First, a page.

TAA Collaborators Announce Findings From Largest Ever DNA Sequencing Study of TS


Research Collaboration with TIC Genetics and the Tourette Syndrome Genetics Southern and Eastern Europe Initiative

The Tourette Association of America (TAA), the premier national non-profit organization serving the Tourette Syndrome (TS) and Tic Disorder community, and its collaborators recently announced findings from the largest DNA sequencing study of Tourette Syndrome (TS). New data has been revealed that suggests a potential role for disruptions in cell polarity in the development of TS.

The research study was led by the Tourette International Collaborative (TIC) Genetics and included collaborations with the TAA International Consortium for Genetics (TAAICG), the Tourette Syndrome Genetics Southern and Eastern Europe Initiative (TSGENESEE). Research samples were also received from the Uppsala Tourette Cohort in Sweden.

The researchers focused on “de novo” or rare mutations that arise anew at conception, rather than being inherited from parents. They observed that these mutations tend to affect genes with a role in cell “polarity,” which is the process by which cells differentiate “top” and “bottom.” This is particularly important in the brain, where neurons must form with specialized information gathering and transmitting sides to function properly.

“These impactful findings provide clues into the biological mechanisms in the brain that may be underlying uncontrollable motor and vocal tics that many individuals chronically suffer from on a daily basis,” said Diana Shineman, Vice President of Research and Medical Programs of the Tourette Association of America. “The TAA continues to facilitate collaborative partnerships to better understand Tourette Syndrome and to more effectively identify therapies to improve the lives of those living with TS and other Tic Disorders.”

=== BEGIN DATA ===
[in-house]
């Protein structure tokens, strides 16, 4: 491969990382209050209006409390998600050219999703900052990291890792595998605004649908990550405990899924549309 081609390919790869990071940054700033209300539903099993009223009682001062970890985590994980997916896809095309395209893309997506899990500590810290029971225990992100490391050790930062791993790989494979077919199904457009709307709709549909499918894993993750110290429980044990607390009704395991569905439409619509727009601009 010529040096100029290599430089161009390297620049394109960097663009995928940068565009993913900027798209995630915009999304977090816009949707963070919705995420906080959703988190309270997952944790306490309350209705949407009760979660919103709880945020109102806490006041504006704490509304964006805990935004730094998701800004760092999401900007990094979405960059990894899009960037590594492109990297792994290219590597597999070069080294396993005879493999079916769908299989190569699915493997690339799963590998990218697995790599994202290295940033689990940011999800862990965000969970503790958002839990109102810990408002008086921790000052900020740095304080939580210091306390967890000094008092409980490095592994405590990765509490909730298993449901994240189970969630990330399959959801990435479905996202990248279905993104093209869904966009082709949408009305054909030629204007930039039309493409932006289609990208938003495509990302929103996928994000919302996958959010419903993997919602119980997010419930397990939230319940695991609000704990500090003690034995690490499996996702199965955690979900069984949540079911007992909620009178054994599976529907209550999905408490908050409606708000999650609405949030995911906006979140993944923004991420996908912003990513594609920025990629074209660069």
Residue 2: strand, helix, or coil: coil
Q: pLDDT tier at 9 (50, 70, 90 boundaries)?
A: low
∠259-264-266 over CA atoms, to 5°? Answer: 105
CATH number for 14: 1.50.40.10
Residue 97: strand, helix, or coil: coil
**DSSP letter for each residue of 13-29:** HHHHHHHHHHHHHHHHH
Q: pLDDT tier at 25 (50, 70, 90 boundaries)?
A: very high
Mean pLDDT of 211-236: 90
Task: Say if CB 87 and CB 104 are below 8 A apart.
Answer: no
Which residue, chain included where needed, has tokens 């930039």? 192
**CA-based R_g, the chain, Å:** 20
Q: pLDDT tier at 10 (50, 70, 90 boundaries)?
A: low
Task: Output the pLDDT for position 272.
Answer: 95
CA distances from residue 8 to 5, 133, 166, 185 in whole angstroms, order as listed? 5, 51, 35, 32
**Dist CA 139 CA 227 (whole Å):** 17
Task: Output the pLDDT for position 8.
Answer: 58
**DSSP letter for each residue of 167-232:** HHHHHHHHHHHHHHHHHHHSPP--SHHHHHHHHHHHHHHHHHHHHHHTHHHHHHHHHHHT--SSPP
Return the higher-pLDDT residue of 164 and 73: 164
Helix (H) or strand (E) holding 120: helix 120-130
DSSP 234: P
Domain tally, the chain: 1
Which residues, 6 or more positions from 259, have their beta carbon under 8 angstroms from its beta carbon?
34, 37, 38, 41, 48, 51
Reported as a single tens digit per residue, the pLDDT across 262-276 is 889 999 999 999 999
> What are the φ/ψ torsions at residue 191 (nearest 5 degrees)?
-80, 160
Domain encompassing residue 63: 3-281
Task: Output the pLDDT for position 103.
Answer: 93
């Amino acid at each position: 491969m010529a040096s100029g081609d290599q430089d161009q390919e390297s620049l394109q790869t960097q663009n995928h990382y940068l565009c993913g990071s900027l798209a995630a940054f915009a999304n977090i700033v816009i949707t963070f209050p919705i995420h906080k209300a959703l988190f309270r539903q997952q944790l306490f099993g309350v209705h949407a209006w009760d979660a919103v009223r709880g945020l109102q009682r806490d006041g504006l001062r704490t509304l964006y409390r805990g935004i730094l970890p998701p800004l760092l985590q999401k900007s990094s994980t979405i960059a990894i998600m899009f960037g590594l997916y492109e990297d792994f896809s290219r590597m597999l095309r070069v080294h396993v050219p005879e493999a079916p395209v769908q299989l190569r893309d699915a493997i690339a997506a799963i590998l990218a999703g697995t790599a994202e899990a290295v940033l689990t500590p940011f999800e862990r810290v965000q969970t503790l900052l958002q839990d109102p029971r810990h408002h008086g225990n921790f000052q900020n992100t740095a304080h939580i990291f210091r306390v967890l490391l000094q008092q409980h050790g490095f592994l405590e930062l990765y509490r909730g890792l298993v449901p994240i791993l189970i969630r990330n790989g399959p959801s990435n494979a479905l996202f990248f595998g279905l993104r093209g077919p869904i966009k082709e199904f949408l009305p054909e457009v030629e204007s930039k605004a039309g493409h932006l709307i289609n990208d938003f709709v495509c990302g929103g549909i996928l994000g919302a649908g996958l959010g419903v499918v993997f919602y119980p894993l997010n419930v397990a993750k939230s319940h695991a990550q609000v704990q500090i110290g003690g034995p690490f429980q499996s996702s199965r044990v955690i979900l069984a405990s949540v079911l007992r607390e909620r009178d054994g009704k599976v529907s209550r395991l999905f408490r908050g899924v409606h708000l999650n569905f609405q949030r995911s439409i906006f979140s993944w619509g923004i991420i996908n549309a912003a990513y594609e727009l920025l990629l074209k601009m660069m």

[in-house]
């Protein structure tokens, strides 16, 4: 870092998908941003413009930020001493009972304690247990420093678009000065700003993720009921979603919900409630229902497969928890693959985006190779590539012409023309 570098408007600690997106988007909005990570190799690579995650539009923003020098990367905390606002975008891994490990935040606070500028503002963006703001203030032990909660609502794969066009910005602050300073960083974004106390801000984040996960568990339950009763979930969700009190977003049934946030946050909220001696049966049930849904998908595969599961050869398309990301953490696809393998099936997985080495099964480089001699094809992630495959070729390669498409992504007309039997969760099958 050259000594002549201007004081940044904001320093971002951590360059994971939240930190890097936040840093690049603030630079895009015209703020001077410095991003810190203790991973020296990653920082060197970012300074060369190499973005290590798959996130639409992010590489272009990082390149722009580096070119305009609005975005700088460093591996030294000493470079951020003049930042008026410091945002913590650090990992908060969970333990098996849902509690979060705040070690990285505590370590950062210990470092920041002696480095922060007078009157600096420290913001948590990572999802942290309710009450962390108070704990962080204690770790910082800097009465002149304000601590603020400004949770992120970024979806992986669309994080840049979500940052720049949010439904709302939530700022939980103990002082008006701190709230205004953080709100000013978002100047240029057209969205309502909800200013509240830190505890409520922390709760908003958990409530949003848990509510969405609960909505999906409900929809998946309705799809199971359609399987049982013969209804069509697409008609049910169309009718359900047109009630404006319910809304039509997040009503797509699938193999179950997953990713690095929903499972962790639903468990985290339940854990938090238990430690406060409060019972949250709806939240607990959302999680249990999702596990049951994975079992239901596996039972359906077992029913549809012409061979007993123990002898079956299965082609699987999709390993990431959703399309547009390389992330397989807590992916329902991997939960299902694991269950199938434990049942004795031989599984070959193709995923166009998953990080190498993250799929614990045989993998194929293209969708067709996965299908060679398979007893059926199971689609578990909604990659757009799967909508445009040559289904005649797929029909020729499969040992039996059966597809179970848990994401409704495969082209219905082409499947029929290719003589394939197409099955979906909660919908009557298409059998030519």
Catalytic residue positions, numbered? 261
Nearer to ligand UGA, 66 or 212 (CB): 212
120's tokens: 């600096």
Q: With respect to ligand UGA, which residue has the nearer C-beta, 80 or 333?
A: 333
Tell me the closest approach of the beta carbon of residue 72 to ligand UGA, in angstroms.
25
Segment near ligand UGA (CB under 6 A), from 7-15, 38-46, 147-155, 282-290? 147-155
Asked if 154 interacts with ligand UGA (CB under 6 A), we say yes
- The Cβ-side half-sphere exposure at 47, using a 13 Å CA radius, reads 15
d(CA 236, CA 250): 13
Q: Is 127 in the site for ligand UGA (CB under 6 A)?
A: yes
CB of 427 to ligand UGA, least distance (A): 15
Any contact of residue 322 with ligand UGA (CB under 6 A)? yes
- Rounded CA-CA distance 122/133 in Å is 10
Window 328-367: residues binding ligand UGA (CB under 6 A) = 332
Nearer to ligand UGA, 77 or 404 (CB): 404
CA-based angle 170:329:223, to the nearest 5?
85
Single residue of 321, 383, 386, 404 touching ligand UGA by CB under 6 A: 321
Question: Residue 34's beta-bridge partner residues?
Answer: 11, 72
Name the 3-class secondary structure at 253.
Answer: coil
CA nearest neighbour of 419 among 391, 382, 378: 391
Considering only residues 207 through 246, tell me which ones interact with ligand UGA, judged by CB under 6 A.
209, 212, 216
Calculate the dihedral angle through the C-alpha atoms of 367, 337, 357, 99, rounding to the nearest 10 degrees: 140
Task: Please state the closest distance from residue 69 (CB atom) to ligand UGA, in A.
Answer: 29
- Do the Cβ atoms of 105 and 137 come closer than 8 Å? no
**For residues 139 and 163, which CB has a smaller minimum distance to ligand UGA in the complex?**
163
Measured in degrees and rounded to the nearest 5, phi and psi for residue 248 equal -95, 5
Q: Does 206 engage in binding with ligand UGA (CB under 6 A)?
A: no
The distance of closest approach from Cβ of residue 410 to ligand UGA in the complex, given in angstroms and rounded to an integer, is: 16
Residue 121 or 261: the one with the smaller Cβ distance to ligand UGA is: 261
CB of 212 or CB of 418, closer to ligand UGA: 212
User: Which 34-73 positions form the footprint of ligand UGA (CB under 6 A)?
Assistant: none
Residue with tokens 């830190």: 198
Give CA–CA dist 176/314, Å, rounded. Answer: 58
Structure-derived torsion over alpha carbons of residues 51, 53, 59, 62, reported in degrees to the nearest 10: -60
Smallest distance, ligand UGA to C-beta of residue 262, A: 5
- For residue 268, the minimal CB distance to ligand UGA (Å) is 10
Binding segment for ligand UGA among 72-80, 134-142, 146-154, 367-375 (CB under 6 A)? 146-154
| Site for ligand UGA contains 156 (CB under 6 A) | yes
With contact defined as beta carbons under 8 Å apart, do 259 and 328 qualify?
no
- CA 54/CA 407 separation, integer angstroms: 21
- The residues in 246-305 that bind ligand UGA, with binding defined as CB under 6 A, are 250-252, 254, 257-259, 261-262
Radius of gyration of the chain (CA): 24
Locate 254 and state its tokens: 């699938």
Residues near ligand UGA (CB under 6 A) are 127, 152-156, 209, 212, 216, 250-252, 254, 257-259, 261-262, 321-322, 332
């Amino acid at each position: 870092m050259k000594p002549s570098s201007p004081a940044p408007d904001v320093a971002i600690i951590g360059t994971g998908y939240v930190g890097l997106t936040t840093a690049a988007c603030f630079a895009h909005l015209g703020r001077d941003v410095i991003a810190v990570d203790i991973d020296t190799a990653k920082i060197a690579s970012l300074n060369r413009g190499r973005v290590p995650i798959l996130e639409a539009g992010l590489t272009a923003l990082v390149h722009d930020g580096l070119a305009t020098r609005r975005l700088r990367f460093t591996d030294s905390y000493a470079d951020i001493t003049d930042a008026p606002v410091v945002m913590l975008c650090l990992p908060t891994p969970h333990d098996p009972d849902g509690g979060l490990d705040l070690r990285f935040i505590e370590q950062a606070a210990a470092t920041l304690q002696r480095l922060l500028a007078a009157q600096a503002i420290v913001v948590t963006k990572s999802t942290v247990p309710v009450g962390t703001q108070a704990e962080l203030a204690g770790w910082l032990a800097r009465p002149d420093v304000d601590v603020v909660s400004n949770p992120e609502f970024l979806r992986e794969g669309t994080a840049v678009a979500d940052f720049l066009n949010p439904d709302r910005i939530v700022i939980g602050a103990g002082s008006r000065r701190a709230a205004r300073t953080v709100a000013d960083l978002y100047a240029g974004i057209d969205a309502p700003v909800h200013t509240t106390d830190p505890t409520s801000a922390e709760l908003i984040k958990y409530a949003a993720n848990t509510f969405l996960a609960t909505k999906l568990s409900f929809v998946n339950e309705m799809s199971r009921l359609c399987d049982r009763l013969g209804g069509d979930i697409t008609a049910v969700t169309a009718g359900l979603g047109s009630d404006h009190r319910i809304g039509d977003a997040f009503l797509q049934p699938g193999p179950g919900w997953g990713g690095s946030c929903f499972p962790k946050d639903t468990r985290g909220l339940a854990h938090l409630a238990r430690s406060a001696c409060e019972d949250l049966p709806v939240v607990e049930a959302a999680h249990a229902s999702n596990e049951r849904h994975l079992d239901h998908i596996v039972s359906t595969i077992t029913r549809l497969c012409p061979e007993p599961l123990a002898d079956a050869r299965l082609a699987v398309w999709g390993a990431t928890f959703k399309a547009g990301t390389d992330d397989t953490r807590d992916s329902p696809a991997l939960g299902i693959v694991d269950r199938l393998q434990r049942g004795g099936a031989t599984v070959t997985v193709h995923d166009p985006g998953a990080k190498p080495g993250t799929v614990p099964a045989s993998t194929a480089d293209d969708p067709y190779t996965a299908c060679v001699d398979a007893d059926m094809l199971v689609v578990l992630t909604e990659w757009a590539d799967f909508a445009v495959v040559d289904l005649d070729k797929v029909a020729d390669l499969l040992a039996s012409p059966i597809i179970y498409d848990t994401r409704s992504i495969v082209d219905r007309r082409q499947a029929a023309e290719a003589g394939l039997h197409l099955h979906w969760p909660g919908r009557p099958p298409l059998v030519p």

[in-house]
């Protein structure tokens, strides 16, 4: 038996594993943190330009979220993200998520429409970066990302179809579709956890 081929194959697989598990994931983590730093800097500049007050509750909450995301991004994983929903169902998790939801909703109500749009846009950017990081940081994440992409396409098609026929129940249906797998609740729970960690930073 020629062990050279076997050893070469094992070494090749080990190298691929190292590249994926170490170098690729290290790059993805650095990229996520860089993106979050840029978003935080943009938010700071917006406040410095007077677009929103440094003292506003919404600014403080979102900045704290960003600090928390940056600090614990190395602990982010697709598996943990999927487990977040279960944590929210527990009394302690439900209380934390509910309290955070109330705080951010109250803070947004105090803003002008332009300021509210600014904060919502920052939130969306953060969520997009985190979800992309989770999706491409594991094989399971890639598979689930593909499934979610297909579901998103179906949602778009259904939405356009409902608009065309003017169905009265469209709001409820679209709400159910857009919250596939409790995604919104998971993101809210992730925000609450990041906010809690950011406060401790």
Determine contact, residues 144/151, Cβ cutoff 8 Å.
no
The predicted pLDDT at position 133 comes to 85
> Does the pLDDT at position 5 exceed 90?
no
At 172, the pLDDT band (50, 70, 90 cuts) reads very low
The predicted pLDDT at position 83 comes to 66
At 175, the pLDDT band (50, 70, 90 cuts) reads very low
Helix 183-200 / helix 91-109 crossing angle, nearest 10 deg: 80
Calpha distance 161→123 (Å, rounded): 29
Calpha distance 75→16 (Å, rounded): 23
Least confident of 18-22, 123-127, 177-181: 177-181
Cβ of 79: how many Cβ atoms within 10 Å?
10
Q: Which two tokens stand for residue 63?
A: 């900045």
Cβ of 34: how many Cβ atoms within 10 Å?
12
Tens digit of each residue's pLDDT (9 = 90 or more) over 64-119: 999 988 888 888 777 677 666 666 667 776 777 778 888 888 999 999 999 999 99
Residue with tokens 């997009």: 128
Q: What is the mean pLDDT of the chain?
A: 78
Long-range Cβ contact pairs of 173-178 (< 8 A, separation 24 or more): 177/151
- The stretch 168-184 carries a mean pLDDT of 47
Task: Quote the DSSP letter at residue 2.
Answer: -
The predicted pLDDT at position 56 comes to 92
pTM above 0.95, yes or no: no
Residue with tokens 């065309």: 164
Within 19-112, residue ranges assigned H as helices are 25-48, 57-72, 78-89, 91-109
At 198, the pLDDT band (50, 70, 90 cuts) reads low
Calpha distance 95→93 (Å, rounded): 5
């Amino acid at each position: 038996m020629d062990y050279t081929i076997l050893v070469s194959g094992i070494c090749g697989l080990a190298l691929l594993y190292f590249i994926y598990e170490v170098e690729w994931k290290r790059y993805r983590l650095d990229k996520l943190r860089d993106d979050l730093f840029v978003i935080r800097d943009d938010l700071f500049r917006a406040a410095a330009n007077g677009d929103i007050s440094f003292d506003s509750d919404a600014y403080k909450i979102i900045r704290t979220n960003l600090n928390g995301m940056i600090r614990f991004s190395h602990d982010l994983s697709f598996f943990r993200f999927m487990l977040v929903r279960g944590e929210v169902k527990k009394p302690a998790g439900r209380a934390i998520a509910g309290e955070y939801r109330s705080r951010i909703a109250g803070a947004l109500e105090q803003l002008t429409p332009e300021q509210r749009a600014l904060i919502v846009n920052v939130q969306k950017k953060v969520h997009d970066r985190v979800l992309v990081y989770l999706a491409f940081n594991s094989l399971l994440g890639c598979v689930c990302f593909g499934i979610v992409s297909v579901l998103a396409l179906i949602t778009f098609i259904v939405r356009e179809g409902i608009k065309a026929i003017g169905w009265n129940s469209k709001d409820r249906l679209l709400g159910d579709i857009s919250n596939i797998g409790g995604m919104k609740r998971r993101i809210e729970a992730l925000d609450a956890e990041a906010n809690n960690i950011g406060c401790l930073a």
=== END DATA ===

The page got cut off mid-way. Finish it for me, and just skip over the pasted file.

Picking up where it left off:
“While these findings are preliminary, it is exciting to note that the earliest findings in other psychiatric disorders, also based on de novo mutations, have replicated strongly and are now understood to be key points of pathology. For example, gene regulation and synaptic biology in autism. Therefore, in addition to continuing to recruit and sequence patients for gene discovery, we have started experiments modeling the effect of mutations in these cell polarity genes during early brain development. For example, mutations may affect things like neurons getting to the typical place in the brain or forming the typical type of connections. By cataloging these disruptions, we may learn more about the etiology of TD, which, in turn, may help inform therapeutic interventions.” Dr. Willsey also noted that the participation of patients and their families was central to this effort, as was the partnership between TIC Genetics, TAAICG, and TSGENESEE.

Although 1 in 100 school-aged children (ages 5-17) develop Tourette Syndrome, with 50% of cases going undiagnosed, the condition has been relatively neglected in studies compared to other child-onset psychiatric disorders, such as autism, intellectual disability, and epilepsy.

The success of the Tourette collaboration spurred the National Institute of Mental Health to fund a $10 million dollar grant earlier this year to help the TIC Genetics research team pursue their findings. The award will go to seven U.S. and 14 international sites to enroll more than 1,000 parent-child trios (3,000 samples), genetically characterize them, and identify new genes. The researchers expect this will generate new biological insights and potentially opportunities for new and improved treatments.

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